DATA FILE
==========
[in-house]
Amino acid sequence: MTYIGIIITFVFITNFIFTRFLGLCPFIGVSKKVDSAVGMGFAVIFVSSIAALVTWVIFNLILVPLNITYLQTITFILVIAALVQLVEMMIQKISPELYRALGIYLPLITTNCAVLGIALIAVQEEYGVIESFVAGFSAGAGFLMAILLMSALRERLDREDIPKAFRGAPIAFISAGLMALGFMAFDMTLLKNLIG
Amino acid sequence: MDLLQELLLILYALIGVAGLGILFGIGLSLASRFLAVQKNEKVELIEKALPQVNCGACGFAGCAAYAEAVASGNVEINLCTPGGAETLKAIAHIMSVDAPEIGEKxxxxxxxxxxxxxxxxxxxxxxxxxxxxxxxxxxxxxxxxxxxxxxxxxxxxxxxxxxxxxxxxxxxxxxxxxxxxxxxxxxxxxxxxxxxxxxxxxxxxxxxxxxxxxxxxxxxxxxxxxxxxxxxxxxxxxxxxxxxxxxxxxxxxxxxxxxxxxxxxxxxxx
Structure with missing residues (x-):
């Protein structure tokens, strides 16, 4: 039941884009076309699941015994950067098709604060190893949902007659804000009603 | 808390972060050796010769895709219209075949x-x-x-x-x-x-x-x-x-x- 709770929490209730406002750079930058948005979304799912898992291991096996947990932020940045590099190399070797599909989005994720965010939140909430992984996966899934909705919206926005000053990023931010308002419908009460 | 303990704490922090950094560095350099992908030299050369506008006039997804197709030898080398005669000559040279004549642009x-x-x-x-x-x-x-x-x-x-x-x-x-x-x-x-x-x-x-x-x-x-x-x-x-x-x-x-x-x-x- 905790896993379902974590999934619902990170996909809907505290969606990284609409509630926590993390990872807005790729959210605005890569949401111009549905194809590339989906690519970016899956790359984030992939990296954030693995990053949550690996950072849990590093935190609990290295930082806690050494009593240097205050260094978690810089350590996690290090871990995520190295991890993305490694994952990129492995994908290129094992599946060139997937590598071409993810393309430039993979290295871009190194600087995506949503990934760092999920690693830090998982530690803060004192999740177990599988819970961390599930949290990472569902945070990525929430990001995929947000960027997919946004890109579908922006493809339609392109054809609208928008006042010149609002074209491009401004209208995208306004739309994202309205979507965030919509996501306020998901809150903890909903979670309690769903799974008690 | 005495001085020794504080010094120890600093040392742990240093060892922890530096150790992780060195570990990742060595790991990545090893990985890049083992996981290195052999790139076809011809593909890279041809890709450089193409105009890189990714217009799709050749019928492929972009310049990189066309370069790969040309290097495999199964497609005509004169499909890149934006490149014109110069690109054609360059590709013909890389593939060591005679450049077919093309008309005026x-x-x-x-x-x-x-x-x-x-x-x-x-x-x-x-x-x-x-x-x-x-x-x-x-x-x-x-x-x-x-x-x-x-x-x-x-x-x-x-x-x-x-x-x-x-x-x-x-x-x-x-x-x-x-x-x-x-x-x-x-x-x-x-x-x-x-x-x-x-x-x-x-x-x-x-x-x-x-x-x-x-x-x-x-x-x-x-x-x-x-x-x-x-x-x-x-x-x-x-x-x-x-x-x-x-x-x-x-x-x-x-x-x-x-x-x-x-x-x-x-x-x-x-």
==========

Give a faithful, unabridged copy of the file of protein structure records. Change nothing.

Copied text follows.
[in-house]
Amino acid sequence: MTYIGIIITFVFITNFIFTRFLGLCPFIGVSKKVDSAVGMGFAVIFVSSIAALVTWVIFNLILVPLNITYLQTITFILVIAALVQLVEMMIQKISPELYRALGIYLPLITTNCAVLGIALIAVQEEYGVIESFVAGFSAGAGFLMAILLMSALRERLDREDIPKAFRGAPIAFISAGLMALGFMAFDMTLLKNLIG
Amino acid sequence: MDLLQELLLILYALIGVAGLGILFGIGLSLASRFLAVQKNEKVELIEKALPQVNCGACGFAGCAAYAEAVASGNVEINLCTPGGAETLKAIAHIMSVDAPEIGEKxxxxxxxxxxxxxxxxxxxxxxxxxxxxxxxxxxxxxxxxxxxxxxxxxxxxxxxxxxxxxxxxxxxxxxxxxxxxxxxxxxxxxxxxxxxxxxxxxxxxxxxxxxxxxxxxxxxxxxxxxxxxxxxxxxxxxxxxxxxxxxxxxxxxxxxxxxxxxxxxxxxxx
Structure with missing residues (x-):
């Protein structure tokens, strides 16, 4: 039941884009076309699941015994950067098709604060190893949902007659804000009603 | 808390972060050796010769895709219209075949x-x-x-x-x-x-x-x-x-x- 709770929490209730406002750079930058948005979304799912898992291991096996947990932020940045590099190399070797599909989005994720965010939140909430992984996966899934909705919206926005000053990023931010308002419908009460 | 303990704490922090950094560095350099992908030299050369506008006039997804197709030898080398005669000559040279004549642009x-x-x-x-x-x-x-x-x-x-x-x-x-x-x-x-x-x-x-x-x-x-x-x-x-x-x-x-x-x-x- 905790896993379902974590999934619902990170996909809907505290969606990284609409509630926590993390990872807005790729959210605005890569949401111009549905194809590339989906690519970016899956790359984030992939990296954030693995990053949550690996950072849990590093935190609990290295930082806690050494009593240097205050260094978690810089350590996690290090871990995520190295991890993305490694994952990129492995994908290129094992599946060139997937590598071409993810393309430039993979290295871009190194600087995506949503990934760092999920690693830090998982530690803060004192999740177990599988819970961390599930949290990472569902945070990525929430990001995929947000960027997919946004890109579908922006493809339609392109054809609208928008006042010149609002074209491009401004209208995208306004739309994202309205979507965030919509996501306020998901809150903890909903979670309690769903799974008690 | 005495001085020794504080010094120890600093040392742990240093060892922890530096150790992780060195570990990742060595790991990545090893990985890049083992996981290195052999790139076809011809593909890279041809890709450089193409105009890189990714217009799709050749019928492929972009310049990189066309370069790969040309290097495999199964497609005509004169499909890149934006490149014109110069690109054609360059590709013909890389593939060591005679450049077919093309008309005026x-x-x-x-x-x-x-x-x-x-x-x-x-x-x-x-x-x-x-x-x-x-x-x-x-x-x-x-x-x-x-x-x-x-x-x-x-x-x-x-x-x-x-x-x-x-x-x-x-x-x-x-x-x-x-x-x-x-x-x-x-x-x-x-x-x-x-x-x-x-x-x-x-x-x-x-x-x-x-x-x-x-x-x-x-x-x-x-x-x-x-x-x-x-x-x-x-x-x-x-x-x-x-x-x-x-x-x-x-x-x-x-x-x-x-x-x-x-x-x-x-x-x-x-």